Today we celebrate our 27th wedding anniversary. I ordered a Harold Dodson rocking chair 8 months ago for our anniversary. I thought to myself, “when is Harold going to call? “. Earlier this week, Harold called and said “your chair is ready”. Well, here it is, a gift for my wife, Elvira, for 27 years of marriage.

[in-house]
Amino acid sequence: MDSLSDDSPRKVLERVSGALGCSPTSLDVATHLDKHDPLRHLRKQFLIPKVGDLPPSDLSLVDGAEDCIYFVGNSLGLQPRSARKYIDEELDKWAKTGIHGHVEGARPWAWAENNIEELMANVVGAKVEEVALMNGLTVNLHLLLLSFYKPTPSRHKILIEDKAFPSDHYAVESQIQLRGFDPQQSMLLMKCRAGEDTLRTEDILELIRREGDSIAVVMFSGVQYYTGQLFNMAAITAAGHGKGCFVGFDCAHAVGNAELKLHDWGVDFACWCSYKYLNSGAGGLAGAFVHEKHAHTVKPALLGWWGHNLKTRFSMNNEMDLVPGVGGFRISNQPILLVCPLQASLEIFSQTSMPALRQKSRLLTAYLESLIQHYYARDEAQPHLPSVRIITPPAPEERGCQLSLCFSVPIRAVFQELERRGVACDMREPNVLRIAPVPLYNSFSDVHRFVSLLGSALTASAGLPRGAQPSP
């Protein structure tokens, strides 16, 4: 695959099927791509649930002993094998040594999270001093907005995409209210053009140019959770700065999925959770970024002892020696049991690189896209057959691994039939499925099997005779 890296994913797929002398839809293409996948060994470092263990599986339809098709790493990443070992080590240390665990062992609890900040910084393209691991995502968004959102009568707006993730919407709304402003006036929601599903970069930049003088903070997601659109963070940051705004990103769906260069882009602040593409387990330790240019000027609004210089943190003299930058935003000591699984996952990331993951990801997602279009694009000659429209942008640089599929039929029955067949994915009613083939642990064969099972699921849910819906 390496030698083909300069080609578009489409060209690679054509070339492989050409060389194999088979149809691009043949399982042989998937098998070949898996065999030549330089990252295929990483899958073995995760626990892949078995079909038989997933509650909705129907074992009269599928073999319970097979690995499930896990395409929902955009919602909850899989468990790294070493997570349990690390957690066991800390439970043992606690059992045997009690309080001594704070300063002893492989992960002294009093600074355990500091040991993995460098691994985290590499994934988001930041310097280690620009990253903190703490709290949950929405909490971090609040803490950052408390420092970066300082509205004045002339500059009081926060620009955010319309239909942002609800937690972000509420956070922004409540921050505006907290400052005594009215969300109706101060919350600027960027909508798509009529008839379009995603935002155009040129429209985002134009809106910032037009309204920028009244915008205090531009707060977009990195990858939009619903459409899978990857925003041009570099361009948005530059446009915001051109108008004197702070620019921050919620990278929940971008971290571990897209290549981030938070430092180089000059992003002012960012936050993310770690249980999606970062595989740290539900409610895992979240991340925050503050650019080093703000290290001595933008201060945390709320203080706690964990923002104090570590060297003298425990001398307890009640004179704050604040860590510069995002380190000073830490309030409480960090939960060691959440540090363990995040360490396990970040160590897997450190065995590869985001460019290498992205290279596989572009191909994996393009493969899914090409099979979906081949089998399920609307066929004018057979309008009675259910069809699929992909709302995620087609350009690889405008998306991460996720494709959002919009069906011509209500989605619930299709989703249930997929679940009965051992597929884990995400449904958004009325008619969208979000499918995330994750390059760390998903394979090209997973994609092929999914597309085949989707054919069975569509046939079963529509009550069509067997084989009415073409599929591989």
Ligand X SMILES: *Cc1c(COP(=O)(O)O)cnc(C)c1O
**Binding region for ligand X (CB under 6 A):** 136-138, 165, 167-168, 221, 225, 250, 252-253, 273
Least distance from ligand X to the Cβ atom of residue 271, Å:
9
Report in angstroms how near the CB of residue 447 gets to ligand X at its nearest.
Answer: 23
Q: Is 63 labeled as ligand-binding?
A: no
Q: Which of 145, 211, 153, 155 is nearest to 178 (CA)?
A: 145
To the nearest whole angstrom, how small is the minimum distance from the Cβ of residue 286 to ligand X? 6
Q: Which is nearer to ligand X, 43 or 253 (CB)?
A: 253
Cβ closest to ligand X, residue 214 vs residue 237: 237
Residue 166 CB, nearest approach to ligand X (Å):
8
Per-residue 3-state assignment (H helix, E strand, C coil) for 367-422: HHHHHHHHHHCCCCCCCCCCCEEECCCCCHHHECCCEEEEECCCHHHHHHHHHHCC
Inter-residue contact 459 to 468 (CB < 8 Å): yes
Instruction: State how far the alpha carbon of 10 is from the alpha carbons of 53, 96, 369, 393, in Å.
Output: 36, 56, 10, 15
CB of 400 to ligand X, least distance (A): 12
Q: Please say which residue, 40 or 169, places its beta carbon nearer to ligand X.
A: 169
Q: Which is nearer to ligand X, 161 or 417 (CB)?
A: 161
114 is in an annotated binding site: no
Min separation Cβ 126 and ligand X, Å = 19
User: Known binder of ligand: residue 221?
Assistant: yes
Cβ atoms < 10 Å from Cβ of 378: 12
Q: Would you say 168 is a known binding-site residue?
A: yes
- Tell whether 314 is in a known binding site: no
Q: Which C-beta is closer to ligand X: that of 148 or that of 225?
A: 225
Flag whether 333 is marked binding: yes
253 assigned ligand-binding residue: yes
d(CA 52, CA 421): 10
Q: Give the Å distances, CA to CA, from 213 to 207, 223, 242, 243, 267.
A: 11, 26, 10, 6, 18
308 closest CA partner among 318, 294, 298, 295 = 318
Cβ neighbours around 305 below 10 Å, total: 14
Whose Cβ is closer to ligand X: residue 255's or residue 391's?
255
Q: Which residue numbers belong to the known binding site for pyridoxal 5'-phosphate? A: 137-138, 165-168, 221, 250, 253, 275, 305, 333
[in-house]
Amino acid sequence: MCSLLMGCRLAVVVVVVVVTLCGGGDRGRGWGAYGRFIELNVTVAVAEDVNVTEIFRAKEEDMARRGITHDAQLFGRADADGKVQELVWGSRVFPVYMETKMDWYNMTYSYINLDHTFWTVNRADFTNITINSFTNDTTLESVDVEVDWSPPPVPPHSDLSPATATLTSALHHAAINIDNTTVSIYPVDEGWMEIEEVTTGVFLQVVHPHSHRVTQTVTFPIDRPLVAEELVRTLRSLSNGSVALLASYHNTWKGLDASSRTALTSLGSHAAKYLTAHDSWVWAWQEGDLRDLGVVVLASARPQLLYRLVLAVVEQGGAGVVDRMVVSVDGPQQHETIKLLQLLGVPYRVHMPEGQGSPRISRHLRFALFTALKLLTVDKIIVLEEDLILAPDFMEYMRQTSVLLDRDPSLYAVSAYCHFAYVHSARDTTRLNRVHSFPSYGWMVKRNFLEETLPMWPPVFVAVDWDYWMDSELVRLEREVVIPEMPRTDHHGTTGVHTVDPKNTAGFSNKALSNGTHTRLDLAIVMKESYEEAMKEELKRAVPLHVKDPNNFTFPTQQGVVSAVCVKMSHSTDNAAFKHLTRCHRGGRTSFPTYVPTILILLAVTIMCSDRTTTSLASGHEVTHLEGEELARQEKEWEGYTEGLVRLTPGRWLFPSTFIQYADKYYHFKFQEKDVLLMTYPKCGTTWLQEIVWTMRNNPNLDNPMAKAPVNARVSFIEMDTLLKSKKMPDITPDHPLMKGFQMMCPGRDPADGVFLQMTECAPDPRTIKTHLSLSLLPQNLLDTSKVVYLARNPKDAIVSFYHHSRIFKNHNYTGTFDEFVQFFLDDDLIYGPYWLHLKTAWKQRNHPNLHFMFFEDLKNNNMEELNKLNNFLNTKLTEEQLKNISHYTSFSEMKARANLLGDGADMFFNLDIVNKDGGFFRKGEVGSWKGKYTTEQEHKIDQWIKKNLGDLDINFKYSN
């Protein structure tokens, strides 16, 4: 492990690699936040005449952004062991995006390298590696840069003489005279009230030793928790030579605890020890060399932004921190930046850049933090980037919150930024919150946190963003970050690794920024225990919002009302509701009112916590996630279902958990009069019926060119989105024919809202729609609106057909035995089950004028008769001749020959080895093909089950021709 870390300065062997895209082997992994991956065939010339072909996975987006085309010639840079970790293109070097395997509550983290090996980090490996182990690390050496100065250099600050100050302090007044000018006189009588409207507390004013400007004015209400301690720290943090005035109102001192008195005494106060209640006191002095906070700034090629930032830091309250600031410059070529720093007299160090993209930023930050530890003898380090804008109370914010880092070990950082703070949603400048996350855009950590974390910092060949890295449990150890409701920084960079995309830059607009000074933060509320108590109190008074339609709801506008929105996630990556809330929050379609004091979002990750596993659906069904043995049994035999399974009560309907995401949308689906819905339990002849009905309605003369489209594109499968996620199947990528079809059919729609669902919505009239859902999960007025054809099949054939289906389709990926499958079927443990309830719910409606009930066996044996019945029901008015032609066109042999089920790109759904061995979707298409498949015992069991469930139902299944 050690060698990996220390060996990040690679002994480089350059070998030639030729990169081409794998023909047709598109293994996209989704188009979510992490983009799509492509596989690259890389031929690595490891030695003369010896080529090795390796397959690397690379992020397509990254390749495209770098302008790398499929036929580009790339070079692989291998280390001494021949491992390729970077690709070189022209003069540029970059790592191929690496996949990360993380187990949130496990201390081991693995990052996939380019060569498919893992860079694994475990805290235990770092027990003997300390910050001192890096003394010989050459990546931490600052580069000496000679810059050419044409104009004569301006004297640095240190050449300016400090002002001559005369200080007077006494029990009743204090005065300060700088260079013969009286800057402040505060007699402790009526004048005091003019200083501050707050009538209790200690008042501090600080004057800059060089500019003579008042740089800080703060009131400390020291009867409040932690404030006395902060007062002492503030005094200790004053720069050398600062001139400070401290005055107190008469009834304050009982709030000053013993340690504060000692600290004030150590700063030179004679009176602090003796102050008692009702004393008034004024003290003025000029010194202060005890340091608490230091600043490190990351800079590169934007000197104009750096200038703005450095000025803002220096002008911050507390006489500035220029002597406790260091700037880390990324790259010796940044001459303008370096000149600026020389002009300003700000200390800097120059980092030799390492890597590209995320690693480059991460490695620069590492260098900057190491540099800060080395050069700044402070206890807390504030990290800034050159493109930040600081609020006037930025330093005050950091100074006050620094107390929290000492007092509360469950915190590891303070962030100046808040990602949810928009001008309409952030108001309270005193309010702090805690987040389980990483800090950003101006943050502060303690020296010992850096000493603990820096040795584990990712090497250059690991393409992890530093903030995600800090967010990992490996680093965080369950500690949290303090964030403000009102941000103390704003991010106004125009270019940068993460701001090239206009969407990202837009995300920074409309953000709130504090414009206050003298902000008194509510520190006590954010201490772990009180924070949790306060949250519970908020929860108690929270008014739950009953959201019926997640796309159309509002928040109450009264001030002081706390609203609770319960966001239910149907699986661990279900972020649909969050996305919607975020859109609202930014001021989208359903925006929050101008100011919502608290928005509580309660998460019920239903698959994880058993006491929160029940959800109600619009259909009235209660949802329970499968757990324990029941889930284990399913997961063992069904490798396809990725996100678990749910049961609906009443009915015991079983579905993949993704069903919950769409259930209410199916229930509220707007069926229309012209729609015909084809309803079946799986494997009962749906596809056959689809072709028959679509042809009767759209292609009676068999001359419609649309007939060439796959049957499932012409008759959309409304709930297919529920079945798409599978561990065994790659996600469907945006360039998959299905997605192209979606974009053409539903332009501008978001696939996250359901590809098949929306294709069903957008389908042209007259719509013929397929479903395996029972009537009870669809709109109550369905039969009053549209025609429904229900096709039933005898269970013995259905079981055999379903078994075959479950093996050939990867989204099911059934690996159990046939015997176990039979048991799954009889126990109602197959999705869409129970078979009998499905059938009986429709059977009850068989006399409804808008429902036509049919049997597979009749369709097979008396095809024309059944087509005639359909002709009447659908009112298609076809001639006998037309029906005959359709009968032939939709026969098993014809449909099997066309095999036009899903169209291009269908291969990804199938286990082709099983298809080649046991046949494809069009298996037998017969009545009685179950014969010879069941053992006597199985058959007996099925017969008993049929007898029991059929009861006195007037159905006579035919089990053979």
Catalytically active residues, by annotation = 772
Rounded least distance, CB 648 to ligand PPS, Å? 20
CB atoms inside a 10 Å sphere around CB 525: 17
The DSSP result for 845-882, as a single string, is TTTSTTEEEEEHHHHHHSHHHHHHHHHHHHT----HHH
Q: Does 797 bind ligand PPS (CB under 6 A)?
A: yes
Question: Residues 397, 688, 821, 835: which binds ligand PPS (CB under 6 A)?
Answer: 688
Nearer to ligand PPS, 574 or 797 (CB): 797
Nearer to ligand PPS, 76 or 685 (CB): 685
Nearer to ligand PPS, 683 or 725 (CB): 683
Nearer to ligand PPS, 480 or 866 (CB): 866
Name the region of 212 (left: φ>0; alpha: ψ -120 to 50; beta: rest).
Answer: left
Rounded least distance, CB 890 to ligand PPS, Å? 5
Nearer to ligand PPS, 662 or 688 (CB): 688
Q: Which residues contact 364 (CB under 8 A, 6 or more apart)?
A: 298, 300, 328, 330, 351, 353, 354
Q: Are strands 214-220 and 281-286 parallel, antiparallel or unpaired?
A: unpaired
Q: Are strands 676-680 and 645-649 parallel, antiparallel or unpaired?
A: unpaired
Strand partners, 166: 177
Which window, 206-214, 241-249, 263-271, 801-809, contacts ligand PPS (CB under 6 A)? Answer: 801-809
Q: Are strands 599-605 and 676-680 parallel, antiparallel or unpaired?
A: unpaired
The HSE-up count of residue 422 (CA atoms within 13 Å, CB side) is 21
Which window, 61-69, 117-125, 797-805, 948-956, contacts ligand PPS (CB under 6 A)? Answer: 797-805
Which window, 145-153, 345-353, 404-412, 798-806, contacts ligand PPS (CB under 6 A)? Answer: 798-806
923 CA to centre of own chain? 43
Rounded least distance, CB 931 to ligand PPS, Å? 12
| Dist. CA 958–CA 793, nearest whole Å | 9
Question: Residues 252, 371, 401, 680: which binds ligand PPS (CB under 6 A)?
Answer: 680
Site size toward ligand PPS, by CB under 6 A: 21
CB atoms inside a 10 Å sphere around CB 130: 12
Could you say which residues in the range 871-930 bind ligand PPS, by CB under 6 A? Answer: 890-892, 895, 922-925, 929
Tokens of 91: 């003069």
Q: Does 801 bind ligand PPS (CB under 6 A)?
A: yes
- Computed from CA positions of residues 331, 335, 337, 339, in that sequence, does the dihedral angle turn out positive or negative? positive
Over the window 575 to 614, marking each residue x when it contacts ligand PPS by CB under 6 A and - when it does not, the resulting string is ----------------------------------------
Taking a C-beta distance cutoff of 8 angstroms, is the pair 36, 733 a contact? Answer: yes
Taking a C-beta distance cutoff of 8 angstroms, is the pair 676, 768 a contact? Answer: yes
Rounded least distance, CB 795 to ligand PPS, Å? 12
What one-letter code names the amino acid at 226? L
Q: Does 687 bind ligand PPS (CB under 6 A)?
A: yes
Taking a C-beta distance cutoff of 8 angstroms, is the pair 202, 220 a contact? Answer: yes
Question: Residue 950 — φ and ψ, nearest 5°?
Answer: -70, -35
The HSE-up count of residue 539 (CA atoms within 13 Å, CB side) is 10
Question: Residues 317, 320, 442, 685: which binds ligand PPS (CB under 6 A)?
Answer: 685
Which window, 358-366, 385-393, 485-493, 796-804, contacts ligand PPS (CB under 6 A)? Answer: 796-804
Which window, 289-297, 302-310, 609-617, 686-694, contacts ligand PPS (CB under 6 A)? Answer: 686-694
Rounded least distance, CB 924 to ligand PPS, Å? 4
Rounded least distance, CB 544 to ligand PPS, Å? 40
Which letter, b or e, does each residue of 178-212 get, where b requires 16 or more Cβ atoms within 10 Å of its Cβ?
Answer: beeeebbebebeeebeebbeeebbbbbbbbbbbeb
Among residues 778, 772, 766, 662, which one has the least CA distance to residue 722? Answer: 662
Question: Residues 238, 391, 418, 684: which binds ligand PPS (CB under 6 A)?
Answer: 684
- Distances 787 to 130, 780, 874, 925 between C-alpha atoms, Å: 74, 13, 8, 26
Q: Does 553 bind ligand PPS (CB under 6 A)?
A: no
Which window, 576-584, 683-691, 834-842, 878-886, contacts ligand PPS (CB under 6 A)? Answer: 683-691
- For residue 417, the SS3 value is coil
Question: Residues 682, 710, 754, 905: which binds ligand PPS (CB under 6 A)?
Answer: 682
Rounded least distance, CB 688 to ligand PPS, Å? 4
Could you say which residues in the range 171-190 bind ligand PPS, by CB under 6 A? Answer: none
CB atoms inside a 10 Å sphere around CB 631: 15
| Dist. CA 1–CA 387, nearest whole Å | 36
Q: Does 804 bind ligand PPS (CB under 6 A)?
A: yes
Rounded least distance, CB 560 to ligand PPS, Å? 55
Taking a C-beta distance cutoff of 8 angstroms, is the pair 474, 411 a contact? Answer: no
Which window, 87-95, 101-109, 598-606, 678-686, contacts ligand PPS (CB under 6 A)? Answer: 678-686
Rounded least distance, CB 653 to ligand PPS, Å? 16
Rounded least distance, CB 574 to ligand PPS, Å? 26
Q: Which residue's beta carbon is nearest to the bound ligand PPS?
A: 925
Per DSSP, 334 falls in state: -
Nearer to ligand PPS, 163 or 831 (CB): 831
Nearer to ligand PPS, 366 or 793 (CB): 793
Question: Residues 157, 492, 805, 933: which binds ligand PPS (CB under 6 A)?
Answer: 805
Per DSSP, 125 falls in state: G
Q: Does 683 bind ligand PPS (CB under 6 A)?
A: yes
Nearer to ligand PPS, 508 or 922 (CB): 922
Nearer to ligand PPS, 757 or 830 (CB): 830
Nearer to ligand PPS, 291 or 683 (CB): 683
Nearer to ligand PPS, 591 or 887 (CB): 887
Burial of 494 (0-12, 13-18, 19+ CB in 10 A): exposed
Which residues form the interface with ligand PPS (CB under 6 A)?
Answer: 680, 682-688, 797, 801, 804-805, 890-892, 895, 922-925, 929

I started thinking about the Moxon Vise after doing a bunch of dovetail work and finding myself stooping to saw the tails boards and pin boards. I looked around the Internet and looked at some blogs on dovetailing and found posts and articles on a “Moxon Vise”. The Moxon vise was first written about by Joseph Moxon in 1678. I looked around the Internet to see if there are commercially available ones that I could buy. Benchcrafted sells one for about $400 complete or you can buy the hand wheels and screws for $149. Then I saw another at Tools for Working Wood for about $189. I decided to build one from scratch and selected the features I liked most from the articles I found on the Internet. I patterned it as a hybrid between the one in Tools for Working Wood and Benchcrafted. The cost to me is about $22 for a 10 foot length of hickory and $5 for a piece of beech just for the wood alone. The hardware is just a standard 1/2 inch bolt – 13 tbreads per inch, a square nut and and 2 jam nuts. All told about $7 for the hardware. I glued a piece of suede to the movable jaw. The suede was $5 from Hobby Lobby. I embedded the jam nut in the fixed jaw. I embedded the square nut into the hand wheel. Jaw opening is about an inch and a half since most of what I dovetail is less than an inch anyway. The fixed jaw has a platform for clamping the tail board for when I mark the pin board with a marking knife. I beveled the movable jaw with a 45 degree bevel to allow me to get close to the jaw when sawing the pin board on half blind dovetails. Yes one has to saw up to minimize the chisel work. Yes, I am a tails first kind of guy. It is critical that both pieces be immobilized when marking the pin board against the tail board. One can see the ears used for clamping the vise to the workbench top. The hand wheels are turned from a doubled piece of beech stock. The 4 inch diameter roughed out on the band saw. I enjoy making tools that make my work more precise and easier.